Nova Scotia's abrupt decision to ban flavoured vaping products will drive up tobacco, black market use
December 5th 2019 9:33pm
Nova Scotia's abrupt decision to ban flavoured vaping products will drive up tobacco, black market use

TORONTO, Dec. 5, 2019 - The Canadian Vaping Association (CVA) is deeply disturbed by the sudden announcement by the Nova Scotia Government to ban the sale of flavoured vapes and e-liquid products by April 1, 2020.  The CVA feels this is a rash and presumptuous decision that will have potentially deadly consequences for the thousands of smokers and reformed smokers in desperate need of an effective harm reduction option.

Youth access to vaping is a national problem that must be addressed sensibly, without driving adult smokers back to combustible tobacco or to black market products.  If this ban is ultimately implemented in the Spring of 2020, these equally dangerous outcomes will almost certainly be the result. We cannot forget that tobacco is the number one killer in Canada and tainted vitamin E acetate black market vapes have been identified by researchers as the primary cause of the recent pulmonary lung illness outbreak in the U.S. and Canada.

According to the Food and Drug Administration in the U.S. (or FDA), of the 689 samples connected to patients who have undergone some level of pulmonary lung illness testing, 445 samples were found to contain THC and of those, 48 per cent contained vitamin E acetate as a diluent and another 24 percent contained another diluent such as medium chain triglycerides. Vitamin E acetate is already banned under Health Canada's Tobacco and Vaping Products Act (TVPA). These facts should also make health authorities in Nova Scotia very concerned.


Moreover, vaping brands financed and owned by tobacco companies, which are sold and marketed irresponsibly in youth accessible convenience stores across Canada and not affiliated with the CVA, carry nicotine levels upwards of 59 mg/ml.  That is simply far too high for any user, let alone under-age youth and non-smokers and is one of the core culprits in the youth uptake problem. The CVA is advocating for a limit on nicotine e-liquids of 20 mg/ml and sales of these products confined to specialty, age restricted vaping shops.

"Smokers and smokers trying to quit are being utterly ignored in this period of panic. We have thousands of customers that rely on the flavour of their vaping products to keep them away from combustible tobacco," said Darryl Tempest, Executive Director of the Canadian Vaping Association. "Flavoured products available in adult-only, specialty vape shops offer smokers looking to transition away from cigarettes, or quit altogether, a less harmful option with nicotine thresholds of 20 mg/ml or less. This we know without a shadow of a doubt and these are the risks that governments must weigh and consider before they fast track regulations on the fly."


Tempest adds, "We need consultations based on facts and evidence. We at the CVA have been showing for many months now the real and most obvious cause for the rise in youth vaping, and it has fundamentally not been flavours. It was the egregious proliferation of tobacco-financed and owned vaping products in thousands of non-age restricted convenience stores and gas stations in 2018 across Nova Scotia – and across Canada – with irresponsible levels of nicotine that coincided with a spike in youth adoptions rates. Prior to this development, youth uptake was relatively flat for almost a decade, despite the availability of thousands of flavours in independently owned age-restricted vape shops."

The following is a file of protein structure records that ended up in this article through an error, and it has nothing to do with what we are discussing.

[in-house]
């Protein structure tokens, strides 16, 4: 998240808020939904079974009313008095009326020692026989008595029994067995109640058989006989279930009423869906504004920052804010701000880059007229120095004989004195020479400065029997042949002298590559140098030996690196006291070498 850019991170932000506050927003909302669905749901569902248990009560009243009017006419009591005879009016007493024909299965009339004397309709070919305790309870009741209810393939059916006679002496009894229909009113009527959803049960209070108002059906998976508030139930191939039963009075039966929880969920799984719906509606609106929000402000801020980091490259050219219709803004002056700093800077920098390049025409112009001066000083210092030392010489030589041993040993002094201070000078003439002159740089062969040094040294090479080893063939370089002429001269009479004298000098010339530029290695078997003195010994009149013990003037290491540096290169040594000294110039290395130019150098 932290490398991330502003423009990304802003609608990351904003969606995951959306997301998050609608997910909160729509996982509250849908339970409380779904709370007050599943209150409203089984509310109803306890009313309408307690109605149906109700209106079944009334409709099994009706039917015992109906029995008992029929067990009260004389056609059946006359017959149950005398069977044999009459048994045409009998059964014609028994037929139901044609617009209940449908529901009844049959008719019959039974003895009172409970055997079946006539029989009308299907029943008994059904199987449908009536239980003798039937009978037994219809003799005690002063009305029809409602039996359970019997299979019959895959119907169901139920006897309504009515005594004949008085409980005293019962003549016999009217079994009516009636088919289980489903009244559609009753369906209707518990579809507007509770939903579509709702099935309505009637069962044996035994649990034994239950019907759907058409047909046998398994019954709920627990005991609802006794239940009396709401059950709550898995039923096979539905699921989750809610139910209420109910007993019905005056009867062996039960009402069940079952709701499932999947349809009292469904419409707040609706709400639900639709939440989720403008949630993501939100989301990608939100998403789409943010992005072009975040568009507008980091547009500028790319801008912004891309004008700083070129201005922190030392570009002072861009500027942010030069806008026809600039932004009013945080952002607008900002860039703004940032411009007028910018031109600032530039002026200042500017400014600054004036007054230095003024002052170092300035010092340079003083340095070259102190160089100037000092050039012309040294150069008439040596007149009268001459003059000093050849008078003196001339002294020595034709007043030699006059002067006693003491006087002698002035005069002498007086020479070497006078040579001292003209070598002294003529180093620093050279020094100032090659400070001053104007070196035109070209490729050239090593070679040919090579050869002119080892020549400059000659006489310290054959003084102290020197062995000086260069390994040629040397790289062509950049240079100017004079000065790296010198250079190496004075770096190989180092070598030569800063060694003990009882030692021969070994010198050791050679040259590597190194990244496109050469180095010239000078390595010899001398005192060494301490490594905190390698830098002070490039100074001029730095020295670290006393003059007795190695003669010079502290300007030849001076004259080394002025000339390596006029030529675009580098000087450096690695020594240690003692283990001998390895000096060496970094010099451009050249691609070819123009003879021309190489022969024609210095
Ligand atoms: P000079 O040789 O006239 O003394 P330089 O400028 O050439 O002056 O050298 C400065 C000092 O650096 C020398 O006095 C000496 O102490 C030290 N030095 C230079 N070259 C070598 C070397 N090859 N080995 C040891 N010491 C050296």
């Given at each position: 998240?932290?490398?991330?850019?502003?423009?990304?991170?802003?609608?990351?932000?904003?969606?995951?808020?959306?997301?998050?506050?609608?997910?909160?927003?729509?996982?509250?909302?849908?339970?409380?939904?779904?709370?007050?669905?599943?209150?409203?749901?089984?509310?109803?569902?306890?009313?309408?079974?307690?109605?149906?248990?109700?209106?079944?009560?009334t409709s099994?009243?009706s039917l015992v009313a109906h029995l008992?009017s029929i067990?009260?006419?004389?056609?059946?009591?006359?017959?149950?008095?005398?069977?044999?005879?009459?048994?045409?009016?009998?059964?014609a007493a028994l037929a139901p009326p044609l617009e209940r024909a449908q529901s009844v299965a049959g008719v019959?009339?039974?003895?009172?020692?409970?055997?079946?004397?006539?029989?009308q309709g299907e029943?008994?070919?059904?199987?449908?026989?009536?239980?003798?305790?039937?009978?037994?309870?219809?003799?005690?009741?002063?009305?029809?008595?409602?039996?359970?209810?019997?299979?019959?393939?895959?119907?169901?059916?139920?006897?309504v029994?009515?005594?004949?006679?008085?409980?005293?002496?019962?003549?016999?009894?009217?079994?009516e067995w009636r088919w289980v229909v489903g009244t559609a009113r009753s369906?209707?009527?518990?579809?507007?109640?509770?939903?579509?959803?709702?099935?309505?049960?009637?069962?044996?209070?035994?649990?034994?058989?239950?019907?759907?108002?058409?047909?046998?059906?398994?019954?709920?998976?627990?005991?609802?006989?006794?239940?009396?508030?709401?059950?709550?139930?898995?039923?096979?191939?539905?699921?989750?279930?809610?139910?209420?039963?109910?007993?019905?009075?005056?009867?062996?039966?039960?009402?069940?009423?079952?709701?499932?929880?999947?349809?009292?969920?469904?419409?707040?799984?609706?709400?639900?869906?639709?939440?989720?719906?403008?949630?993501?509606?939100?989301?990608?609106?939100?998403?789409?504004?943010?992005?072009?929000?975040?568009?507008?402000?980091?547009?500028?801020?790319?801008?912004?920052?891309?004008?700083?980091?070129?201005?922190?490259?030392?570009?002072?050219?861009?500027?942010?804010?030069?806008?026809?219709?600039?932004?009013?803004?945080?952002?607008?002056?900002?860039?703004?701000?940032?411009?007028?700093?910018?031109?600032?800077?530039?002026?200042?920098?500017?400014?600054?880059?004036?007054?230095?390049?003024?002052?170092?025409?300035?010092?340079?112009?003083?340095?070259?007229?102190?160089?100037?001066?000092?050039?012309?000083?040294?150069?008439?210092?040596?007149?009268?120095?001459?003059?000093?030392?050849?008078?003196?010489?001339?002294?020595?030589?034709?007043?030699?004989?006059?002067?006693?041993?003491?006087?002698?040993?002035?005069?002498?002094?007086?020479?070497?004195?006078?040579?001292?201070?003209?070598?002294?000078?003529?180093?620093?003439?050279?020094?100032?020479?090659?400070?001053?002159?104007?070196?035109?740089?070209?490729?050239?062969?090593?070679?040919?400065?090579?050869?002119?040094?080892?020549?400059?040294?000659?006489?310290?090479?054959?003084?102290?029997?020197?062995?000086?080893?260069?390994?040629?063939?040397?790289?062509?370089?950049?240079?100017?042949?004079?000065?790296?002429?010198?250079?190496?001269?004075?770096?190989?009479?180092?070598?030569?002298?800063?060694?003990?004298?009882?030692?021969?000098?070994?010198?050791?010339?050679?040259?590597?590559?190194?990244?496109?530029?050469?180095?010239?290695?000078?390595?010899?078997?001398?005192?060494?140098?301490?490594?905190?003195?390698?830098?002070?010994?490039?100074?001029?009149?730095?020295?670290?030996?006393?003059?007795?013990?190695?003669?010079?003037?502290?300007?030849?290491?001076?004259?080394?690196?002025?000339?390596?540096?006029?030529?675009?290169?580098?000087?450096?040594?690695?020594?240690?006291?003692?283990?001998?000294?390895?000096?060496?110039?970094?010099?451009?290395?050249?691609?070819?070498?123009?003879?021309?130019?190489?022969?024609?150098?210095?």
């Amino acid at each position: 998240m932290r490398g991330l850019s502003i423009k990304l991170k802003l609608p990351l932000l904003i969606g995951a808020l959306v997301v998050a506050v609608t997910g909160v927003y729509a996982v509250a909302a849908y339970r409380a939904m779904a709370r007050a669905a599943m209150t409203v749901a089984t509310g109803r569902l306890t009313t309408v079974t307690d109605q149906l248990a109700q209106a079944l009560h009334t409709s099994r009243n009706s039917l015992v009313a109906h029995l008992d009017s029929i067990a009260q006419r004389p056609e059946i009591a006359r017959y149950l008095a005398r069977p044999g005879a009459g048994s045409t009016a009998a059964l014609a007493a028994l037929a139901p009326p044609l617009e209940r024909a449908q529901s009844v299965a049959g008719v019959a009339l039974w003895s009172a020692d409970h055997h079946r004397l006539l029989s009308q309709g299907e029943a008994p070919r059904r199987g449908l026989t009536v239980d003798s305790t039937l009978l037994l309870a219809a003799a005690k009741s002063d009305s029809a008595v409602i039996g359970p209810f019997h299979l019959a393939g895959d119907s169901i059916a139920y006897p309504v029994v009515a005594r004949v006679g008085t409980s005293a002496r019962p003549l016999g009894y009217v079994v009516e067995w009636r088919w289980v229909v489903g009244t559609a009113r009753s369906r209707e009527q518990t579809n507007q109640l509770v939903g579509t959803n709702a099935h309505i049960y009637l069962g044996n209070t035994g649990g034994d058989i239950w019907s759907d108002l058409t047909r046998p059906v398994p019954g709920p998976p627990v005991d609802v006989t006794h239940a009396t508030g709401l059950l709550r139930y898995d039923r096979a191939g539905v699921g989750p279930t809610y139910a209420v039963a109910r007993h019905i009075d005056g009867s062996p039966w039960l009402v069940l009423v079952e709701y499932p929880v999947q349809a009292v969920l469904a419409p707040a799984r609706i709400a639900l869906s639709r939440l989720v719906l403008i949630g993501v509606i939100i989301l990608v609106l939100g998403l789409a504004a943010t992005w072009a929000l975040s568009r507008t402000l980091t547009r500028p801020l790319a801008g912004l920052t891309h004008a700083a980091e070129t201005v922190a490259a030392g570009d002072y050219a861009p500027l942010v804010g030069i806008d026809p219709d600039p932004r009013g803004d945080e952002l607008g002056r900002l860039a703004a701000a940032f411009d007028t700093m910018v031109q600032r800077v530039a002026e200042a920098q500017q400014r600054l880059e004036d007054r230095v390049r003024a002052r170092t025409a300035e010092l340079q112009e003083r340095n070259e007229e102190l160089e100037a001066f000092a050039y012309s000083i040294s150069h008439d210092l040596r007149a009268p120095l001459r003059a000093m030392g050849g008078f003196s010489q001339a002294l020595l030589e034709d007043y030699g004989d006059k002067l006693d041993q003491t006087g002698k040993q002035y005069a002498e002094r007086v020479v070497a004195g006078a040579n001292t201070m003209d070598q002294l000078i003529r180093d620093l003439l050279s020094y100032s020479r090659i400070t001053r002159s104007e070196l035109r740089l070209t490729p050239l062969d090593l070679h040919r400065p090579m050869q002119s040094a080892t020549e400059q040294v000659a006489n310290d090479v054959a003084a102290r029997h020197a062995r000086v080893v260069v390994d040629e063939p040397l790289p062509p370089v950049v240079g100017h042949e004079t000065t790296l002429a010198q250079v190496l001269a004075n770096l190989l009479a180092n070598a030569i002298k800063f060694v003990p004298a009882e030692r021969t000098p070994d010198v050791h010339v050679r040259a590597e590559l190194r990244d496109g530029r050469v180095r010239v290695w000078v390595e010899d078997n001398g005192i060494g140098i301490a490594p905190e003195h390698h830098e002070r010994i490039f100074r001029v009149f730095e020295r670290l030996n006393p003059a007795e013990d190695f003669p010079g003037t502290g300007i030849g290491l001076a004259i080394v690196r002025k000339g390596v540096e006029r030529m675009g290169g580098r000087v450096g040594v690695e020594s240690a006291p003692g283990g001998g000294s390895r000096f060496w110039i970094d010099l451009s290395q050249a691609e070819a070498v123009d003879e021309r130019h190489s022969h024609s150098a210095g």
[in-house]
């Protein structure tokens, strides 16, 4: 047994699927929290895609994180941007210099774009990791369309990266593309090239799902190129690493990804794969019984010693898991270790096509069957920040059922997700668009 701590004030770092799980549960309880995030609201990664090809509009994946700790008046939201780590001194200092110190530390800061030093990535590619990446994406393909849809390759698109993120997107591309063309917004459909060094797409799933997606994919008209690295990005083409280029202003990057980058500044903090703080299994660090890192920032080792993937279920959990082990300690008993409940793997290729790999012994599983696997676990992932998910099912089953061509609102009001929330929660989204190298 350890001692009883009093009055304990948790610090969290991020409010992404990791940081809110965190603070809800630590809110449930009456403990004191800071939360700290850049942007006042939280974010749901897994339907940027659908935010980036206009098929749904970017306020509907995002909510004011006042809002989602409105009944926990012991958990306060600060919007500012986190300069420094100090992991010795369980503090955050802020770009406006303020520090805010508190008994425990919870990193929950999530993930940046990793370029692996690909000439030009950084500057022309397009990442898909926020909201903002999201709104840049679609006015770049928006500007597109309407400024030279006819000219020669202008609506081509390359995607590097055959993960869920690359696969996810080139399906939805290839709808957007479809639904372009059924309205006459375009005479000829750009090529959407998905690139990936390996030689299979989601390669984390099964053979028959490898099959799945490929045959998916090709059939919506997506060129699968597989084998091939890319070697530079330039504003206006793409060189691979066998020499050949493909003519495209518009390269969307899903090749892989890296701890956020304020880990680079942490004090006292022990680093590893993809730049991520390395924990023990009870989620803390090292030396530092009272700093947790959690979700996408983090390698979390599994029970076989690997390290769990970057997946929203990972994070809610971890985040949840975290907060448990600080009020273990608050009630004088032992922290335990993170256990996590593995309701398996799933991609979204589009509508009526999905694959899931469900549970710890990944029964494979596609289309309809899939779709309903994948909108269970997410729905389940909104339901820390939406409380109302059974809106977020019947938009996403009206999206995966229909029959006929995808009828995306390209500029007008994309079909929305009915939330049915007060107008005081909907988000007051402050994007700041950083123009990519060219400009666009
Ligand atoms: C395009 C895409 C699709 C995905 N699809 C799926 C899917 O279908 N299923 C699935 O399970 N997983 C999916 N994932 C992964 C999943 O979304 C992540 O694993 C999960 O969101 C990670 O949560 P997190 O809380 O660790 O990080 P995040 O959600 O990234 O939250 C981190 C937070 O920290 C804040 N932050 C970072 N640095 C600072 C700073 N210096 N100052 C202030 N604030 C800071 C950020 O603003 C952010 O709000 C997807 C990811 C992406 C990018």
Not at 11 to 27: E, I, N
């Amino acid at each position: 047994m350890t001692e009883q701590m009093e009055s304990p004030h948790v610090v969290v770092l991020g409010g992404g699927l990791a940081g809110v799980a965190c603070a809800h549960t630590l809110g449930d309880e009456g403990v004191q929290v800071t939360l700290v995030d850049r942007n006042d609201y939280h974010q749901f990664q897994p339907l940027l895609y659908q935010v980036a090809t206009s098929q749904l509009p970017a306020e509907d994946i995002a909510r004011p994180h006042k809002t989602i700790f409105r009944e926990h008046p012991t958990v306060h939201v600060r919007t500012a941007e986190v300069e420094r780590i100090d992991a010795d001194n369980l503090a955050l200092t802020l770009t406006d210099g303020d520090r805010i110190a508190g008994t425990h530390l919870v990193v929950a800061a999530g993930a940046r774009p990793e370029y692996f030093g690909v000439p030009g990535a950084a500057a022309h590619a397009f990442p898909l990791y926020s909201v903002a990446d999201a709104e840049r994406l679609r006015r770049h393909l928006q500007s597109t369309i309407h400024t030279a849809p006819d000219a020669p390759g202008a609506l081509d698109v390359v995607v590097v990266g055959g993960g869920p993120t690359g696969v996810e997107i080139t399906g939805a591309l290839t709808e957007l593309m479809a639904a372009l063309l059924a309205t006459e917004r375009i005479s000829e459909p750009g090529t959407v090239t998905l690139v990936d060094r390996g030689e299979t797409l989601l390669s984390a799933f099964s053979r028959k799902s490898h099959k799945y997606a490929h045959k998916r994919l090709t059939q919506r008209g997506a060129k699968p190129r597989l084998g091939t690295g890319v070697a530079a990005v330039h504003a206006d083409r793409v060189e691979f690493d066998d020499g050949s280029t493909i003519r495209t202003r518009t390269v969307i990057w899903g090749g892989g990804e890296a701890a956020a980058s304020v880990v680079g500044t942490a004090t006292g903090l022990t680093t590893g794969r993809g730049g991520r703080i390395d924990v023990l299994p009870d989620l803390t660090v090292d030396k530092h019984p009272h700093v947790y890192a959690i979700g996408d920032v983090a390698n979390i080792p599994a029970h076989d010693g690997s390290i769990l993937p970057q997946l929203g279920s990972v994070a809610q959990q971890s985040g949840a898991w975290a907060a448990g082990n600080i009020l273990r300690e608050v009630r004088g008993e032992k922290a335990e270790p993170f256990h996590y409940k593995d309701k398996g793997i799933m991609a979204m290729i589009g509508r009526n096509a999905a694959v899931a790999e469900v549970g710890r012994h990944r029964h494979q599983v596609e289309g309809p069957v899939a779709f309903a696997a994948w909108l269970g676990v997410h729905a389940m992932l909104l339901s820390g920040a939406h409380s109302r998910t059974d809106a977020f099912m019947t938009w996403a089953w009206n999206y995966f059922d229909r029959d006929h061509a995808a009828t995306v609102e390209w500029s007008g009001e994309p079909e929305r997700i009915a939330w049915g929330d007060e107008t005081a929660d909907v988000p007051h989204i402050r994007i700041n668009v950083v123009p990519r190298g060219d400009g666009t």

The Canadian Vaping Association urges the Nova Scotia government to follow the example of their provincial counterparts in British Columbia, Ontario and Quebec by ensuring that new regulations and standards, which the CVA welcomes, are based on the best available global evidence, as well as robust consultation with a diversity of stakeholders.  The Association, which has no affiliation to tobacco or tobacco-owned vaping brands, has been working closely with Health Canada and provincial health authorities to develop public policy and regulatory processes that address the spike in youth uptake, including limiting the sale of vape products to adult-only specialty vape shops. We now welcome the opportunity to consult and collaborate with the Nova Scotia Government to ensure that we avoid another public health crisis by driving a whole new cohort of smokers and reformed smokers back to combustible tobacco or the dangerous black market.


About the Canadian Vaping Association


The Canadian Vaping Association (thecva.org) is a registered national, not-for-profit organization, established as the voice for the burgeoning Canadian vaping industry. Founded in 2014, the CVA represents over 300 retail and online vaping businesses in Canada, not including tobacco companies or affiliates. The association is the primary liaison with the federal and provincial governments on all legislative and regulatory issues related to the industry. The primary goal of CVA is to ensure that government regulation is reasonable and practical, through the strategy of professional proactive communication and education supplied bilingually to health officers, media, and elected officials.

SOURCE Canadian Vaping Association

For further information: Darryl Tempest, Executive Director, 647-274-1867, [email protected]

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